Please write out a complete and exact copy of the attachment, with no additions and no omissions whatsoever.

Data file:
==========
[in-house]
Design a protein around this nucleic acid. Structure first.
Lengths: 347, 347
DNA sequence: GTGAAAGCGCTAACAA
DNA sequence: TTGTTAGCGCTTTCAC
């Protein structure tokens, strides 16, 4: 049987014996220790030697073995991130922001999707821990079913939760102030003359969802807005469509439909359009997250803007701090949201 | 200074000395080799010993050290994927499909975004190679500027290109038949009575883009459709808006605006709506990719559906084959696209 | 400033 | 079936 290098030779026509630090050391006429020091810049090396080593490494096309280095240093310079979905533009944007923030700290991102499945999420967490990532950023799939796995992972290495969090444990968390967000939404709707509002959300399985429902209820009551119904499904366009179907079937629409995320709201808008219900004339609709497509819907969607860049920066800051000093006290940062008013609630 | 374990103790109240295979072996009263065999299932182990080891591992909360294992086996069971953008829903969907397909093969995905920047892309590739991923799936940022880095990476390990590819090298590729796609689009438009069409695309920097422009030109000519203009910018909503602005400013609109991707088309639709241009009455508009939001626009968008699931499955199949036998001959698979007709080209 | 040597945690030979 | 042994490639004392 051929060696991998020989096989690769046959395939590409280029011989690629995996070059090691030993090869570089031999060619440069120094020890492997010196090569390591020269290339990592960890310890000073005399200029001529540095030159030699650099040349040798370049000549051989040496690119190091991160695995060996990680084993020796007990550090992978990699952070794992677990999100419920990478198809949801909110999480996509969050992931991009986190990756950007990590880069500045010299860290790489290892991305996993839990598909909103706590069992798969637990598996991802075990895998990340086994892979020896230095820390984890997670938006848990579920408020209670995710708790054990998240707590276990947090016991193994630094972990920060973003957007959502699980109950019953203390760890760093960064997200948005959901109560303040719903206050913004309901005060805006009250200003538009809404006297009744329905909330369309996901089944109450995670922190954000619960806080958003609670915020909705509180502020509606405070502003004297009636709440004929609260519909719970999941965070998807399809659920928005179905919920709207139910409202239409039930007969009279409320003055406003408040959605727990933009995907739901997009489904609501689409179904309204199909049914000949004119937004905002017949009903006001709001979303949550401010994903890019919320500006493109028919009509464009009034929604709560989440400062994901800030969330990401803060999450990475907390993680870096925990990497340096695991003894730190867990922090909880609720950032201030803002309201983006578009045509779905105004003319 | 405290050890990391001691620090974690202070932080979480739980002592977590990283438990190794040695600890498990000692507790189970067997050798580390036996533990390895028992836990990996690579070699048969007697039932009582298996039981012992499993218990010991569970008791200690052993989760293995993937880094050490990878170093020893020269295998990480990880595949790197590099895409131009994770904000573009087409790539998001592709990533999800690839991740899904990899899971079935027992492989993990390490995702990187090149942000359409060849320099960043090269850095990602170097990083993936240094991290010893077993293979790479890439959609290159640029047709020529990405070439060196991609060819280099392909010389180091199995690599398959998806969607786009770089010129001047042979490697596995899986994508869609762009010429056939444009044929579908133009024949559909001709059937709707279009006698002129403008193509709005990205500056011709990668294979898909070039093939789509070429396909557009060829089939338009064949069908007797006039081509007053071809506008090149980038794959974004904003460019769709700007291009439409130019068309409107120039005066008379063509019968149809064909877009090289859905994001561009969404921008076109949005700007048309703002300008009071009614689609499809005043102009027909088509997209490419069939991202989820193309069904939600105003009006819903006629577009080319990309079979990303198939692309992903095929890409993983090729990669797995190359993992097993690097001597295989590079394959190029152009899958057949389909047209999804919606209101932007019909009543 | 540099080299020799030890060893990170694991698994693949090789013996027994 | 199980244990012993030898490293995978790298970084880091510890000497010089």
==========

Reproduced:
[in-house]
Design a protein around this nucleic acid. Structure first.
Lengths: 347, 347
DNA sequence: GTGAAAGCGCTAACAA
DNA sequence: TTGTTAGCGCTTTCAC
């Protein structure tokens, strides 16, 4: 049987014996220790030697073995991130922001999707821990079913939760102030003359969802807005469509439909359009997250803007701090949201 | 200074000395080799010993050290994927499909975004190679500027290109038949009575883009459709808006605006709506990719559906084959696209 | 400033 | 079936 290098030779026509630090050391006429020091810049090396080593490494096309280095240093310079979905533009944007923030700290991102499945999420967490990532950023799939796995992972290495969090444990968390967000939404709707509002959300399985429902209820009551119904499904366009179907079937629409995320709201808008219900004339609709497509819907969607860049920066800051000093006290940062008013609630 | 374990103790109240295979072996009263065999299932182990080891591992909360294992086996069971953008829903969907397909093969995905920047892309590739991923799936940022880095990476390990590819090298590729796609689009438009069409695309920097422009030109000519203009910018909503602005400013609109991707088309639709241009009455508009939001626009968008699931499955199949036998001959698979007709080209 | 040597945690030979 | 042994490639004392 051929060696991998020989096989690769046959395939590409280029011989690629995996070059090691030993090869570089031999060619440069120094020890492997010196090569390591020269290339990592960890310890000073005399200029001529540095030159030699650099040349040798370049000549051989040496690119190091991160695995060996990680084993020796007990550090992978990699952070794992677990999100419920990478198809949801909110999480996509969050992931991009986190990756950007990590880069500045010299860290790489290892991305996993839990598909909103706590069992798969637990598996991802075990895998990340086994892979020896230095820390984890997670938006848990579920408020209670995710708790054990998240707590276990947090016991193994630094972990920060973003957007959502699980109950019953203390760890760093960064997200948005959901109560303040719903206050913004309901005060805006009250200003538009809404006297009744329905909330369309996901089944109450995670922190954000619960806080958003609670915020909705509180502020509606405070502003004297009636709440004929609260519909719970999941965070998807399809659920928005179905919920709207139910409202239409039930007969009279409320003055406003408040959605727990933009995907739901997009489904609501689409179904309204199909049914000949004119937004905002017949009903006001709001979303949550401010994903890019919320500006493109028919009509464009009034929604709560989440400062994901800030969330990401803060999450990475907390993680870096925990990497340096695991003894730190867990922090909880609720950032201030803002309201983006578009045509779905105004003319 | 405290050890990391001691620090974690202070932080979480739980002592977590990283438990190794040695600890498990000692507790189970067997050798580390036996533990390895028992836990990996690579070699048969007697039932009582298996039981012992499993218990010991569970008791200690052993989760293995993937880094050490990878170093020893020269295998990480990880595949790197590099895409131009994770904000573009087409790539998001592709990533999800690839991740899904990899899971079935027992492989993990390490995702990187090149942000359409060849320099960043090269850095990602170097990083993936240094991290010893077993293979790479890439959609290159640029047709020529990405070439060196991609060819280099392909010389180091199995690599398959998806969607786009770089010129001047042979490697596995899986994508869609762009010429056939444009044929579908133009024949559909001709059937709707279009006698002129403008193509709005990205500056011709990668294979898909070039093939789509070429396909557009060829089939338009064949069908007797006039081509007053071809506008090149980038794959974004904003460019769709700007291009439409130019068309409107120039005066008379063509019968149809064909877009090289859905994001561009969404921008076109949005700007048309703002300008009071009614689609499809005043102009027909088509997209490419069939991202989820193309069904939600105003009006819903006629577009080319990309079979990303198939692309992903095929890409993983090729990669797995190359993992097993690097001597295989590079394959190029152009899958057949389909047209999804919606209101932007019909009543 | 540099080299020799030890060893990170694991698994693949090789013996027994 | 199980244990012993030898490293995978790298970084880091510890000497010089």